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Wednesday, October 7, 2015

Some Carl Jung Quotations [2]



It is the tradition that a satori experience is imageless and they therefore say it was imageless. That it cannot possibly have been imageless is proved by the fact that they remember something definite. ~Carl Jung, Letters Vol. II, Pages 466-467


It is the tradition that a satori experience is imageless and they therefore say it was imageless. That it cannot possibly have been imageless is proved by the fact that they remember something definite. ~Carl Jung, Letters Vol. II, Pages 466-467


You will surely have noticed in reading my writings that I do not mince my words and clearly and expressly point out that the regard for mythological parallels is conducive to a religious attitude. ~Carl Jung, Letters Vol. II, Page 468


You will surely have noticed in reading my writings that I do not mince my words and clearly and expressly point out that the regard for mythological parallels is conducive to a religious attitude. ~Carl Jung, Letters Vol. II, Page 468


It was the Enlightenment which destroyed this bulwark by reducing the unitary view to nothing but mythology. In its modern usage mythology simply means "it is nothing," since myths are unrealistic. ~Carl Jung, Letters Vol. II, Page 468


My whole endeavour has been to show that myth is something very real because it connects us with the instinctive bases of our existence. ~Carl Jung, Letters Vol. II, Page 468


One has to be extremely careful in using the word "mythology" as it brings you into head-on collision with the all-pervading infantile arguments of the Enlightenment. ~Carl Jung, Letters Vol. II, Page 468


The real situation cannot, however, be clarified by mere concepts but only by the inner experience that corresponds to them. With concepts you invariably miss the mark because they are not philosophical ideas but merely names for experiences. ~Carl Jung, Letters Vol. II, Pages 468-469


These divine gifts are apt to get us too far away from our earthly bondage and from our inexorable reality. ~Carl Jung, Letters Vol. II, Pages 471-473


God is light and darkness, the auctor rerum is love and wrath. We still pray: "Lead us not into temptation." (The French Catholic version of the Vulgate has: "Let us not fall into temptation."!) ~Carl Jung, Letters Vol. II, Pages 471-473


Since self-knowledge is one of the more difficult arts, it is scarcely to be hoped that many men will take the trouble to search their conscience and consider how much their decision depends on their subjective relations with women. ~Carl Jung, Letters Vol. II, Pages 475-476


The bird signifies the aerial, volatile spirit (in the chemical sense "spirit" is volatile, but it also designates the Spiritus Sanctus), whose physical and spiritual meanings are united in the alchemical spiritus Mercurialis. ~Carl Jung, Letters Vol. II, Pages 476-477


I myself recently dreamed that a UFO came speeding towards me which turned out to be the lens of a magic lantern whose projected image was myself; this suggested to me that I was the figure, himself deep in meditation, who is produced by a meditating yogi. ~Carl Jung, Letters Vol. II, Pages 476-477


These [UFO] symbolisms, which are cropping up everywhere nowadays, paint a picture of the end of time with its eschatological conceptions: destruction of the world, coming of the Kingdom of Heaven or of the world redeemer. ~Carl Jung, Letters Vol. II, Pages 476-477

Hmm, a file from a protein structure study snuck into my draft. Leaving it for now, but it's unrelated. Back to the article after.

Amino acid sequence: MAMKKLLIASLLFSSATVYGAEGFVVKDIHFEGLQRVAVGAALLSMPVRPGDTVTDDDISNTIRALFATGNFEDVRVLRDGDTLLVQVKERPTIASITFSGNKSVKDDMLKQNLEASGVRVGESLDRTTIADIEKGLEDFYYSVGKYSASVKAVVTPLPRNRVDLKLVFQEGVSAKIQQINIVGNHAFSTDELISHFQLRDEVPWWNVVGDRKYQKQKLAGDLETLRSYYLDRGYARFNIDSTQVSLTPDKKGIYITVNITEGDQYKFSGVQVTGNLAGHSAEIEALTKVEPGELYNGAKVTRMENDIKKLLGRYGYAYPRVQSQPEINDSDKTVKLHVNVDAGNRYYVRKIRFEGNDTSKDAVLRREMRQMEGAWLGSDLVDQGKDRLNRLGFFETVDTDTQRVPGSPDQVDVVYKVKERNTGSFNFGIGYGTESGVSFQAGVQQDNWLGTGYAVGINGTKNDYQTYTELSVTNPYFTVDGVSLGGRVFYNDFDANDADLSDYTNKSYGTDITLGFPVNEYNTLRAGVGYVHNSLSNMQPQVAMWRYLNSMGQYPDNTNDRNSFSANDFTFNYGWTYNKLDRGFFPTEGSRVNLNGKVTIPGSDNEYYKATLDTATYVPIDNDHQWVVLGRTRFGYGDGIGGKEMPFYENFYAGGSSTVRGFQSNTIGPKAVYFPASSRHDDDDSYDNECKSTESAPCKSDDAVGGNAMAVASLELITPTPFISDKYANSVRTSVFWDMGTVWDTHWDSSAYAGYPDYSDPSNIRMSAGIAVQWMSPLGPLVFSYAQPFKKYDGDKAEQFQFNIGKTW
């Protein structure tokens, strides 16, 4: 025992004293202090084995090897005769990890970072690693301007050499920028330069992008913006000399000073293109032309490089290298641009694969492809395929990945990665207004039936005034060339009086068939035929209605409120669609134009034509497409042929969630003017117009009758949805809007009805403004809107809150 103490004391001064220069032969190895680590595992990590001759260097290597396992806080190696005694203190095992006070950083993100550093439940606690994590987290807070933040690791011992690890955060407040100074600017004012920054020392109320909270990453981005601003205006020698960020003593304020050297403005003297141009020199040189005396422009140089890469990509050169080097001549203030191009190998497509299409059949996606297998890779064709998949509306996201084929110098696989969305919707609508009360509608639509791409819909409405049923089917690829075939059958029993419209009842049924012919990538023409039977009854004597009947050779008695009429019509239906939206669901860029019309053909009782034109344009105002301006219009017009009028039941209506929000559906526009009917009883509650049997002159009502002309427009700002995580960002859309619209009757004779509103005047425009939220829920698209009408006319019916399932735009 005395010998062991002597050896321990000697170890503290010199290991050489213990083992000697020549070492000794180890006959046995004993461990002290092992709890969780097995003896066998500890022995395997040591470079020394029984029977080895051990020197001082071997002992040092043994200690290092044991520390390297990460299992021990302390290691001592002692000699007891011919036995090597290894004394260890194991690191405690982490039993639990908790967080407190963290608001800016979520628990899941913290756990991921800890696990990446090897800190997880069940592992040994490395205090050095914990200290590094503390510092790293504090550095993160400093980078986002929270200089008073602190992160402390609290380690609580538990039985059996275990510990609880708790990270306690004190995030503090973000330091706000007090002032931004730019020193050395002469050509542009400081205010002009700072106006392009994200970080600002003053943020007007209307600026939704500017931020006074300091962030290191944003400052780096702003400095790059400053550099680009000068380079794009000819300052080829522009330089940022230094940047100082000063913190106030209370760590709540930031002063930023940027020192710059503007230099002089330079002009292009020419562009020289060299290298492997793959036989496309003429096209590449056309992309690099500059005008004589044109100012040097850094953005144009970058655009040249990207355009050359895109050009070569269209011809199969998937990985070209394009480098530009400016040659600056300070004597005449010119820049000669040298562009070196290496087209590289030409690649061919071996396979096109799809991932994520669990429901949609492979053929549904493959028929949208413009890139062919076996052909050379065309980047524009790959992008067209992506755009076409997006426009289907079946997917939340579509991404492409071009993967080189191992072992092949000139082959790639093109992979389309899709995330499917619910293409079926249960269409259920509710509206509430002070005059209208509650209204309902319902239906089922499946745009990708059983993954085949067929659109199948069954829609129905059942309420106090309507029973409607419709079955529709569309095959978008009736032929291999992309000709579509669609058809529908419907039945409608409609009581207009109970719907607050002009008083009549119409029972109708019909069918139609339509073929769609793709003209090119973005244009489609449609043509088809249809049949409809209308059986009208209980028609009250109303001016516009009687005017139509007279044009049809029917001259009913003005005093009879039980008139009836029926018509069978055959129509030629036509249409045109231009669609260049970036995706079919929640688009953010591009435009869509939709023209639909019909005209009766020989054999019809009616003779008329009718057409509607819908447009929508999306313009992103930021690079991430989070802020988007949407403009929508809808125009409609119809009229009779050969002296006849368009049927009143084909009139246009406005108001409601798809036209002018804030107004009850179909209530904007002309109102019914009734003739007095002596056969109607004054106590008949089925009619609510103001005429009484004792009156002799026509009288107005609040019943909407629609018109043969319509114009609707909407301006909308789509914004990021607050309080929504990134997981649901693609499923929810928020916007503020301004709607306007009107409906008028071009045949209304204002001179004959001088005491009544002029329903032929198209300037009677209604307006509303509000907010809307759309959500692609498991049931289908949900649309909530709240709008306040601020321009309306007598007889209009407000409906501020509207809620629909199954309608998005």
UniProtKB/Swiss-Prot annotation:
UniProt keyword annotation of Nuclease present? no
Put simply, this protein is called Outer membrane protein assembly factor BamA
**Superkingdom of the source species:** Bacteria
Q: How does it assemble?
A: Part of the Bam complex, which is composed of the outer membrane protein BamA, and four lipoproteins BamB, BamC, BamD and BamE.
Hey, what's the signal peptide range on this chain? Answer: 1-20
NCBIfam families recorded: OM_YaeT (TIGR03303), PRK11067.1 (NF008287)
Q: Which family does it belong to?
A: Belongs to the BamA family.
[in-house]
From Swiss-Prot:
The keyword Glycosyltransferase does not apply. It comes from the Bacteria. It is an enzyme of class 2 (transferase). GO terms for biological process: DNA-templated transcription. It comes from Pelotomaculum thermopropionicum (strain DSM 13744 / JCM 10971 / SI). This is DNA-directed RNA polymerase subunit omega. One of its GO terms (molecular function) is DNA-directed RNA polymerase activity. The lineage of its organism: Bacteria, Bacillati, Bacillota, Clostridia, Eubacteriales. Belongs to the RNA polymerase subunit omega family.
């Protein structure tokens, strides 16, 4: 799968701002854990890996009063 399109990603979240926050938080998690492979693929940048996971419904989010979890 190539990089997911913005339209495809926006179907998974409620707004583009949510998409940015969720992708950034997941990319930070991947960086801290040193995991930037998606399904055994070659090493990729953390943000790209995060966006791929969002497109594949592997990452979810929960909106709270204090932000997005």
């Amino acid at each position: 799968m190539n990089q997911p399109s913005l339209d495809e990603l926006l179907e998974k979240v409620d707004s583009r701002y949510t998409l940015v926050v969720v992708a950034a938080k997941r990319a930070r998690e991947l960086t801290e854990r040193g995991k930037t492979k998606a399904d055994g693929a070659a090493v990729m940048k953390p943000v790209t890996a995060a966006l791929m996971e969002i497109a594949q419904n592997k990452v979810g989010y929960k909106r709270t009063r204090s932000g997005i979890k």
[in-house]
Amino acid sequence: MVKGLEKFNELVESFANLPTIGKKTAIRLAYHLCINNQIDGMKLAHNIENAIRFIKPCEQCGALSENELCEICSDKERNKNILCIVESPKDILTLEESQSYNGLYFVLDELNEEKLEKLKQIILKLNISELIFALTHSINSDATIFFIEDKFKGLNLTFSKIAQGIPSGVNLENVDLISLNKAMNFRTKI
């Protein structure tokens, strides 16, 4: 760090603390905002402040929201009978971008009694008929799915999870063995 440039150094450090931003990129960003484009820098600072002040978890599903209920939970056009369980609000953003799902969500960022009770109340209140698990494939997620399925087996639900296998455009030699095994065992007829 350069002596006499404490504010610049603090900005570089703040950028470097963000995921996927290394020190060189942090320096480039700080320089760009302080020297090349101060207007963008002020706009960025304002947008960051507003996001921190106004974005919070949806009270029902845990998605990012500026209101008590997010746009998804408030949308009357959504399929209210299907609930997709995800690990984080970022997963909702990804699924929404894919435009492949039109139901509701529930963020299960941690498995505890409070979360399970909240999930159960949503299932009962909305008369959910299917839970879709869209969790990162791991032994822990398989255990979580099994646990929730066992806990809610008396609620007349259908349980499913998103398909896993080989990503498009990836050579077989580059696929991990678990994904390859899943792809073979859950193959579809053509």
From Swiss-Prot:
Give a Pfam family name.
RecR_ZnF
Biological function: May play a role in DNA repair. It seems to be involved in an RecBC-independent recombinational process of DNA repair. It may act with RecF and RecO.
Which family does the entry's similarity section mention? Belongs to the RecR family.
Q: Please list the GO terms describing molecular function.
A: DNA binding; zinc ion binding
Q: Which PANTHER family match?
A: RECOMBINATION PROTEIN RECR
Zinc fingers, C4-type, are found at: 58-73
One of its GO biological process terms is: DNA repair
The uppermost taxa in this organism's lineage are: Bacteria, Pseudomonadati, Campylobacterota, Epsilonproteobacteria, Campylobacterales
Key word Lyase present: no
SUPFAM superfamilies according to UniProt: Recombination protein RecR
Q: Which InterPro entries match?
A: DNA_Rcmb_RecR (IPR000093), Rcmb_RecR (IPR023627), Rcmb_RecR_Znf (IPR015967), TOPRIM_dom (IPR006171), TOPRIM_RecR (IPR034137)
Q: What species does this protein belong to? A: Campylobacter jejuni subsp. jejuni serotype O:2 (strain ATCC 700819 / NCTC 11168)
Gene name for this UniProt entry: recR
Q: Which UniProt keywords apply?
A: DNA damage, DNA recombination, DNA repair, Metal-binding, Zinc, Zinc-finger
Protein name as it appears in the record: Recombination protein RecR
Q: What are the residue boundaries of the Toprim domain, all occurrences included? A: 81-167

At all times there have been wise and shrewd women to whom even clever men have gone for advice. ~Carl Jung, Letters Vol. II, Pages 477-478


There are countless women who succeed in public life without losing their femininity. On the contrary, they succeeded precisely because of it. ~Carl Jung, Letters Vol. II, Pages 477-478


There are countless women who succeed in public life without losing their femininity. On the contrary, they succeeded precisely because of it. ~Carl Jung, Letters Vol. II, Pages 477-478


The unpleasant power-complex of the female animus is encountered only when a woman does not allow her feeling to express itself naturally or handles it in an inferior way. But this, as said, can happen in all situations of life and has nothing whatever to do with the right to vote. ~Carl Jung, Letters Vol. II, Pages 477-478


It [Individuation] does indeed, as you say, make considerable demands on our constitution. It goes to the very limit, but no further. ~Carl Jung, Letters Vol. II, Pages 479-480


Most people cannot reach their destinies anyway without a streak of craziness, and so long as they haven't it is better not to exorcize their demons. ~Carl Jung, Letters Vol. II, Pages 479-480


It is only from the purely human standpoint that the divine game is seen as a sickness, a leprosy, a perilous threat to the bond with human society. It is therefore advisable not to rant about it but to carry on the work in secret. ~Carl Jung, Letters Vol. II, Pages 479-480


I myself am deeply convinced of the basic analogy between physical and psychological discoveries. ~Carl Jung, Letters Vol. II, Pages 469-471


I have often discussed this problem with the late Prof. Pauli, who was also fascinated by what he called the mirror-reflection, causing the existence of two worlds which are really united in the speculum, the mirror, that is lying in the middle. ~Carl Jung, Letters Vol. II, Pages 469-471


Without his emphasis on the dark side of man and the chaos of his chthonic desires, I could not have found access to the "Mysterium Coniunctionis." ~Carl Jung, Letters Vol. II, Pages 469-471


Above all you cannot hope to "collaborate" in some way, for where in our time and our society would you find a person who knew how to express what your uniqueness alone can express? This is the jewel that must not get lost. ~Carl Jung, Letters Vol. II, Pages 480-481.